The new system of territorial states
in the Fertile Crescent

The mockery of Sykes-Picot was translated into action in the form of demarcation lines. These lines, or borders as we know them today, were imposed on the Fertile Crescent by the Allied Powers without consulting the local governments or the people of the territory. In other words,Sykes-Picot created a territorial system in the Crescent consistent with the colonial aspirations of foreign powers and their local cronies, the traditional leadership and sectarian interest groups, than with reality at ground level. It deepened the sectarian divide among the people, sowed ethnic discord, broke up the economic unity of the territory, and fostered a provincial spirit along sectarian and ethnic lines.
Despite these adverse ramifications, the state territorial system in the Fertile Crescent is vigorously defended. A recent example is Efraim Karsh's "Why the Middle East is so Volatile," an essentially pan-American perspective. Karsh's begins his paper with the following observation:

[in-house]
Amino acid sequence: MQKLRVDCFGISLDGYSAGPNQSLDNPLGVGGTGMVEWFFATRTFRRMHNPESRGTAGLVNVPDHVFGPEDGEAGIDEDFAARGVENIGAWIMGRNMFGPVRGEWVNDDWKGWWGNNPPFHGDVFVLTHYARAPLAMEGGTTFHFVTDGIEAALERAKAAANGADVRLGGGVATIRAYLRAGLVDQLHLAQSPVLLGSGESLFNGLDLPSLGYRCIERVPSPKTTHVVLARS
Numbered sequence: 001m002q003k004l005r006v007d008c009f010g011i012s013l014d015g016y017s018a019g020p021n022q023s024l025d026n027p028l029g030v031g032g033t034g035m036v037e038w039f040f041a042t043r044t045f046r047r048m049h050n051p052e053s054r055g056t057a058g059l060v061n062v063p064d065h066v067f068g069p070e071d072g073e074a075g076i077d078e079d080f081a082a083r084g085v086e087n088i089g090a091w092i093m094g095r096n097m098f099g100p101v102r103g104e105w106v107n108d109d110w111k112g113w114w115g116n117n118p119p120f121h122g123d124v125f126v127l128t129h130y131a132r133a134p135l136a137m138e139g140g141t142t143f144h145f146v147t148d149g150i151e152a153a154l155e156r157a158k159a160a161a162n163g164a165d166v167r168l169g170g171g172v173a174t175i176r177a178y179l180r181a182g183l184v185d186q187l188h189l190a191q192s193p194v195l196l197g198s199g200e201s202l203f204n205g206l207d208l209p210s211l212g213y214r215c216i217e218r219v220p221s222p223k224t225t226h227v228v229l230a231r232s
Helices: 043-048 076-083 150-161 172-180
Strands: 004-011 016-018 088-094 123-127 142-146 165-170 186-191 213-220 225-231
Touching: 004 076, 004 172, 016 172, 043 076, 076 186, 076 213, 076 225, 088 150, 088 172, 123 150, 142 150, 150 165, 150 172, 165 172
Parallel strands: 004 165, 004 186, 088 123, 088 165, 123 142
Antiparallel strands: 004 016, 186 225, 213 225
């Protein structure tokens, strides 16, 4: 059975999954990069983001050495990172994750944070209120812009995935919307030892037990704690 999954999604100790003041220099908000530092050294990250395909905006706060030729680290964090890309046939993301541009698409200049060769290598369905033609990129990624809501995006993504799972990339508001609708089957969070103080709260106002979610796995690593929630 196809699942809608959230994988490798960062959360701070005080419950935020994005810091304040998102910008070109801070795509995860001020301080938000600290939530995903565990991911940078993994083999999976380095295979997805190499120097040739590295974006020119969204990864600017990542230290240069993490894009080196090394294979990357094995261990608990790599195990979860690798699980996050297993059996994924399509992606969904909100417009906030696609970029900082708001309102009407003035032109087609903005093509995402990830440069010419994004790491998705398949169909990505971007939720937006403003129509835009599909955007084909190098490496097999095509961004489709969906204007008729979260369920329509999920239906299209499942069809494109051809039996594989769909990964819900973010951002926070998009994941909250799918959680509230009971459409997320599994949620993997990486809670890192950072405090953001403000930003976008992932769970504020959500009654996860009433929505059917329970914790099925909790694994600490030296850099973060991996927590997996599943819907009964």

Since its formation in the wake of World War I, the contemporary Middle Eastern system based on territorial states has been under sustained assault. In past years, the foremost challenge to this system came from the doctrine of pan-Arabism (or qawmiya ), which sought to "eliminate the traces of Western imperialism" and unify the "Arab nation," and the associated ideology of Greater Syria (or Suriya al-Kubra ), which stresses the territorial and historical indivisibility of most of the Fertile Crescent.(14)

For Karsh, the contemporary history of the Middle East begins from the end of WWI. No one doubts the significance of the Great War, but if one is to remain on firm historical grounds, it is important to step back in history to the period in which the new territorial system was framed and start with examining its legitimacy. One must also not ignore social and economic factors and focus only on politics. Had Karsh paid more attention it would not have been hard for him to realize that both Arab and Syrian nationalism emerged before the new territorial system was created in 1920, not in response to it.